Over the past few months a number of people have asked what I think of Bitcoin, an attempt to create a sort of private cybercurrency.
Alexander Kowalski at Bloomberg News directed me to Jim Surowiecki’s article on Bitcoin from the September/October edition of M.I.T. Technology Review. It is very interesting.
My first reaction to Bitcoin was to say, what’s new? We have lots of ways of making payments electronically; in fact, a lot of the conventional monetary system is already virtual, relying on digital accounting rather than green pieces of paper. But it turns out that there is a difference: Bitcoin, rather than fixing the value of the virtual currency in terms of those green pieces of paper, fixes the total quantity of cybercurrency instead, and lets its dollar value float. In effect, Bitcoin has created its own private gold standard world, in which the money supply is fixed rather than subject to increase via the printing press.
So how’s it going? The dollar value of that cybercurrency has fluctuated sharply, but overall it has soared. So buying into Bitcoin has, at least so far, been a good investment.
But does that make the experiment a success? Um, no. What we want from a monetary system isn’t to make people holding money rich; we want it to facilitate transactions and make the economy as a whole rich. And that’s not at all what is happening in Bitcoin.
“People have come to see it primarily as a way to make money,” Mr. Surowiecki wrote in his article. “In other words, instead of being used as a currency, Bitcoins are today mostly seen as (and traded as) an investment.” He continues: “Successful currencies are used to transact day-to-day business and lubricate commerce. But if you buy Bitcoins hoping that their value will skyrocket … you’re not going to be interested in exchanging those Bitcoins for goods, since then you’ll lose out when the value of Bitcoins rises. Instead, you’re going to hold onto them and wait until you can cash out.”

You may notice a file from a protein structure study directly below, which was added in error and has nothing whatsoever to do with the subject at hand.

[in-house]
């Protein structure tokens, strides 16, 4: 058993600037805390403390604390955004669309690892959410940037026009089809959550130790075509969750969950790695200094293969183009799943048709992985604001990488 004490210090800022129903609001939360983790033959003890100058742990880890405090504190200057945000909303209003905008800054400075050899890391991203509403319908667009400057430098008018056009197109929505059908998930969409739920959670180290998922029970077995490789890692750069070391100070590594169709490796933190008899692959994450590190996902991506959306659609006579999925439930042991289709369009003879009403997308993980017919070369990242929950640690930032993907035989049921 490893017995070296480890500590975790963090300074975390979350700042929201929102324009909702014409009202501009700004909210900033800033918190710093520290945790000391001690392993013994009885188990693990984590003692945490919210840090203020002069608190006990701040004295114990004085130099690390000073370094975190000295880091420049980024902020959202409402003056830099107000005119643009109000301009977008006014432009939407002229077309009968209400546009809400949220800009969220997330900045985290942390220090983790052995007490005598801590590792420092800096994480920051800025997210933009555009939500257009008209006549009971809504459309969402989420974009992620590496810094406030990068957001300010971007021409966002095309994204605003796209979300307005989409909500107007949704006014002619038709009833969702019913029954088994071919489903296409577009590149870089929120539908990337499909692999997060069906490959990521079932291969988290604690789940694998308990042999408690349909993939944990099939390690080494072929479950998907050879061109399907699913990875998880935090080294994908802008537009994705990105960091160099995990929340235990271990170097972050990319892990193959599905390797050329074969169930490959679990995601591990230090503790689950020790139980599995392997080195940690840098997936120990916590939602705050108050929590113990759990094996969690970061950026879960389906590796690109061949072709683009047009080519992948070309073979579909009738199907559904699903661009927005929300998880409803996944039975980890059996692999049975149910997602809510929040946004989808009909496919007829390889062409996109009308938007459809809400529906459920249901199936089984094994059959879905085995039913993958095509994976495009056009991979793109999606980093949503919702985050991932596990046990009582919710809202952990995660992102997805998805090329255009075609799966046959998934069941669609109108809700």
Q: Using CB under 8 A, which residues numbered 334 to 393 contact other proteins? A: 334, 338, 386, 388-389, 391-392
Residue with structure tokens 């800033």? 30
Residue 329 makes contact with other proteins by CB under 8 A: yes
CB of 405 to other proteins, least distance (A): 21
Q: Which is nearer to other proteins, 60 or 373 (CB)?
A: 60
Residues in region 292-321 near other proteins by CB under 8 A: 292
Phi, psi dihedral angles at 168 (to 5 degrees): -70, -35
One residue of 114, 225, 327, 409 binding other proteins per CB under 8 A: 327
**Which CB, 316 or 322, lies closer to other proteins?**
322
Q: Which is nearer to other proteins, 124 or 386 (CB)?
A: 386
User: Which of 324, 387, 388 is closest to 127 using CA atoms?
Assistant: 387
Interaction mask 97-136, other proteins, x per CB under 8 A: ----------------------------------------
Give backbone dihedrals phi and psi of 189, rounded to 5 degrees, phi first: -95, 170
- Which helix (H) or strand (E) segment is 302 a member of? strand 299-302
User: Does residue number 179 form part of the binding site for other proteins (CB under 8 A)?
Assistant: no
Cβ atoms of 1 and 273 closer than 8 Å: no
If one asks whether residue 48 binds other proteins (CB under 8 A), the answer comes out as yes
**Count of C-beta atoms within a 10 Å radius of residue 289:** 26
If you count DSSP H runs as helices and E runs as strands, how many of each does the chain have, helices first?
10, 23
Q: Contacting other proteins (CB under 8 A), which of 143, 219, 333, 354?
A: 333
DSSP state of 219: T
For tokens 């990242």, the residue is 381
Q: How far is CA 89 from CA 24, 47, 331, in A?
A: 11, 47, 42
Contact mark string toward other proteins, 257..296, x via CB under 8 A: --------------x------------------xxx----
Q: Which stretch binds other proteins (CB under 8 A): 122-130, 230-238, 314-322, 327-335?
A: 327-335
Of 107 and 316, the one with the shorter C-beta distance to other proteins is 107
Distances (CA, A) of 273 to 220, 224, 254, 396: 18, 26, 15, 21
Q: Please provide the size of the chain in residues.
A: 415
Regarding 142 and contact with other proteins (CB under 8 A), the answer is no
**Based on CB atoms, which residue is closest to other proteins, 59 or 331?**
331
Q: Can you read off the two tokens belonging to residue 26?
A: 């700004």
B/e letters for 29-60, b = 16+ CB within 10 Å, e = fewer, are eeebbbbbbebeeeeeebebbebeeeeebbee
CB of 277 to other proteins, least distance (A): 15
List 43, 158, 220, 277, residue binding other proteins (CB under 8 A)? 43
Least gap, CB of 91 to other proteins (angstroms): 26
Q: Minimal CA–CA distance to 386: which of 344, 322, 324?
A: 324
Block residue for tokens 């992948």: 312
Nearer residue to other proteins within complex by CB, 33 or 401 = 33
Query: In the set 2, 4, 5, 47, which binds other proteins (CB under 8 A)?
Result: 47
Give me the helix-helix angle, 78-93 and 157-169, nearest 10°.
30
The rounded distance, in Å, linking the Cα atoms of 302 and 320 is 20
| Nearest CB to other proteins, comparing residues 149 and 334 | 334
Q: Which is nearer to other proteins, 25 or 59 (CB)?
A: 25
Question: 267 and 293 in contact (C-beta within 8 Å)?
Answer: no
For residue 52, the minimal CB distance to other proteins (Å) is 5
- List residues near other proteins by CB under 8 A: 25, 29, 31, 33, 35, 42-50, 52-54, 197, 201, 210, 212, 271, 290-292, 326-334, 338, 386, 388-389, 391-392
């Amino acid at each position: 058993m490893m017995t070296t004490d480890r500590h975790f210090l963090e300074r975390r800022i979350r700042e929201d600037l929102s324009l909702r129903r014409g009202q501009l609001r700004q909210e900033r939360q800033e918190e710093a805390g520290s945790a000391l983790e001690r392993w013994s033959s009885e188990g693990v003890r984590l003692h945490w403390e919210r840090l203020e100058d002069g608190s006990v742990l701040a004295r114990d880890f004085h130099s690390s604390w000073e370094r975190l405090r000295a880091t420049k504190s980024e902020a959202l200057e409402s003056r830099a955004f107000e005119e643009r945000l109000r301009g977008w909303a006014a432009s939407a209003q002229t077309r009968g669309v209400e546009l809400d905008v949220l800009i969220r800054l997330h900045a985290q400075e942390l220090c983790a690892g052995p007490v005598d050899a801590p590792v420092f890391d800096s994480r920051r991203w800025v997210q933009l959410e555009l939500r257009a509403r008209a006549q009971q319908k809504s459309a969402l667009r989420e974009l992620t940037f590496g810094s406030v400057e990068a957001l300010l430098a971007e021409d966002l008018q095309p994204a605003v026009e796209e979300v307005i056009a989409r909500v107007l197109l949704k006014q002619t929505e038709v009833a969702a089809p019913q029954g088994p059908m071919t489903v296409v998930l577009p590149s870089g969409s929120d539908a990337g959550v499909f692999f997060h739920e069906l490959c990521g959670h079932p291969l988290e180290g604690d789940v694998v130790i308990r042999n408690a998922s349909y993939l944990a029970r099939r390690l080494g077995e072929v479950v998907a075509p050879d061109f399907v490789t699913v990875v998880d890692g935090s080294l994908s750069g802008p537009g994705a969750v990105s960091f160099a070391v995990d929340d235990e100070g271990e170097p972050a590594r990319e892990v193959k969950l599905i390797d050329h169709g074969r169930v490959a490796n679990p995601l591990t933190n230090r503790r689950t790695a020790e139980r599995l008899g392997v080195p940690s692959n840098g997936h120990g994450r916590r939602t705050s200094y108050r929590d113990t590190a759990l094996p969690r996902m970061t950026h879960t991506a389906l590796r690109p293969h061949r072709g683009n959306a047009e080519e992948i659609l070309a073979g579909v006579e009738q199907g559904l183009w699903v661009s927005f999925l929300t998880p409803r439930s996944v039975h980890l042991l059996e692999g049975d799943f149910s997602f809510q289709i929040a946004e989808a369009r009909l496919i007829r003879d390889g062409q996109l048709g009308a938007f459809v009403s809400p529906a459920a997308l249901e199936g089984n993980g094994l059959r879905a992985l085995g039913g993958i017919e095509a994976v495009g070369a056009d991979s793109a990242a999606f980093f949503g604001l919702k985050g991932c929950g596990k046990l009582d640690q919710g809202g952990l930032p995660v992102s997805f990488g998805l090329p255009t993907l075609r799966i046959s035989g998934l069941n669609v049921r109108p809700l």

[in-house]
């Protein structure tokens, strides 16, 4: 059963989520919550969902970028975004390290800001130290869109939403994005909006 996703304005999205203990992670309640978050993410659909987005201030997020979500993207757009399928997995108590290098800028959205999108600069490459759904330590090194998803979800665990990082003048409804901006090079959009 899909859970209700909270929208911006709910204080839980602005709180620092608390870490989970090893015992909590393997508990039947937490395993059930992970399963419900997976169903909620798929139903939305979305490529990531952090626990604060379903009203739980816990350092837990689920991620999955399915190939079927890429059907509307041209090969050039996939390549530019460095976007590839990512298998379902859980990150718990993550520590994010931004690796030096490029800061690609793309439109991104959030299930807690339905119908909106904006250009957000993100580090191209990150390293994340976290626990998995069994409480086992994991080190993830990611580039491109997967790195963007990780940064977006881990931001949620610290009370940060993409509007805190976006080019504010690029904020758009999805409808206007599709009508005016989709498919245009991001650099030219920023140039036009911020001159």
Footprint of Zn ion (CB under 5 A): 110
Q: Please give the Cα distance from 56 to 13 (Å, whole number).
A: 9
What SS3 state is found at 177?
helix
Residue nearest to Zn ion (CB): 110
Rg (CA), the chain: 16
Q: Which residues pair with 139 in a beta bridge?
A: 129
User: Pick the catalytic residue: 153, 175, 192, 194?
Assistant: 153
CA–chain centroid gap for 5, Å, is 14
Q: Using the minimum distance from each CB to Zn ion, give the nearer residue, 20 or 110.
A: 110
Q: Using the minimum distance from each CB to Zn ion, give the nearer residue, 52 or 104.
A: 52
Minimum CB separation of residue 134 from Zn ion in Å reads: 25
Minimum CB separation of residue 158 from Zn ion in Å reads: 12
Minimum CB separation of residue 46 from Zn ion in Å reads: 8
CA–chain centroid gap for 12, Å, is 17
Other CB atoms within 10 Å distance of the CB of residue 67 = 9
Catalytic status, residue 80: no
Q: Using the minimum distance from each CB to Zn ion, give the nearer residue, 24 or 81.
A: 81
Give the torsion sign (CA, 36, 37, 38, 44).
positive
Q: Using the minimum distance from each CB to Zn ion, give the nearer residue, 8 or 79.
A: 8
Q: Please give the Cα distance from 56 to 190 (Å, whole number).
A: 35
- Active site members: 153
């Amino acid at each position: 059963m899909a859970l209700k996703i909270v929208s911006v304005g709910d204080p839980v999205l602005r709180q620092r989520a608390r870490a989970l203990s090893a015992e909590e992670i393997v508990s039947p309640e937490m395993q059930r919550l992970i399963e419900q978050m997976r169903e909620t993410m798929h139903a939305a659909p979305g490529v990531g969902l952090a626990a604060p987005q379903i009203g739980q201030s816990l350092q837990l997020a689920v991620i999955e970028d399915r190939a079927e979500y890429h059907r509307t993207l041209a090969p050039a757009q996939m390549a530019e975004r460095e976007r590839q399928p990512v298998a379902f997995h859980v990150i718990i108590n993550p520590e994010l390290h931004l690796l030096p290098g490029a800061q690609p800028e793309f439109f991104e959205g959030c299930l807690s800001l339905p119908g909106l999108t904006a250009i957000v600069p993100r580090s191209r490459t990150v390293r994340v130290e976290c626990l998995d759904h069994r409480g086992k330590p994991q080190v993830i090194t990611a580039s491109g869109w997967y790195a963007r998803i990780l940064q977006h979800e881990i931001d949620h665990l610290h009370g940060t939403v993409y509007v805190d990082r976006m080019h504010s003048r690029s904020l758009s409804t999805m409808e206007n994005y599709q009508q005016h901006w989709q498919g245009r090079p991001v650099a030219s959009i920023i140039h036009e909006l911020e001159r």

Bear in mind that dollar prices have been relatively stable over the past few years — yes, we saw some deflation in 2008-2009, then some inflation as commodity prices rebounded, but overall consumer prices are only slightly higher than they were three years ago.
What that means is that if you measure prices in Bitcoins, they have plunged; the Bitcoin economy has in effect experienced massive deflation.
And because of that, there has been an incentive to hoard the virtual currency rather than spending it.
The actual value of transactions in Bitcoins has fallen rather than rising. In effect, real gross Bitcoin product has fallen sharply.
So to the extent that the experiment tells us anything about monetary regimes, it reinforces the case against anything like a new gold standard — because it shows just how vulnerable such a standard would be to money-hoarding, deflation and depression.
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Paul Krugman joined The New York Times in 1999 as a columnist on the Op-Ed page and continues as a professor of economics and international affairs at Princeton University. He was awarded the Nobel in economic science in 2008.
Mr Krugman is the author or editor of 20 books and more than 200 papers in professional journals and edited volumes, including “The Return of Depression Economics” (2008) and “The Conscience of a Liberal” (2007). Copyright 2011 The New York Times.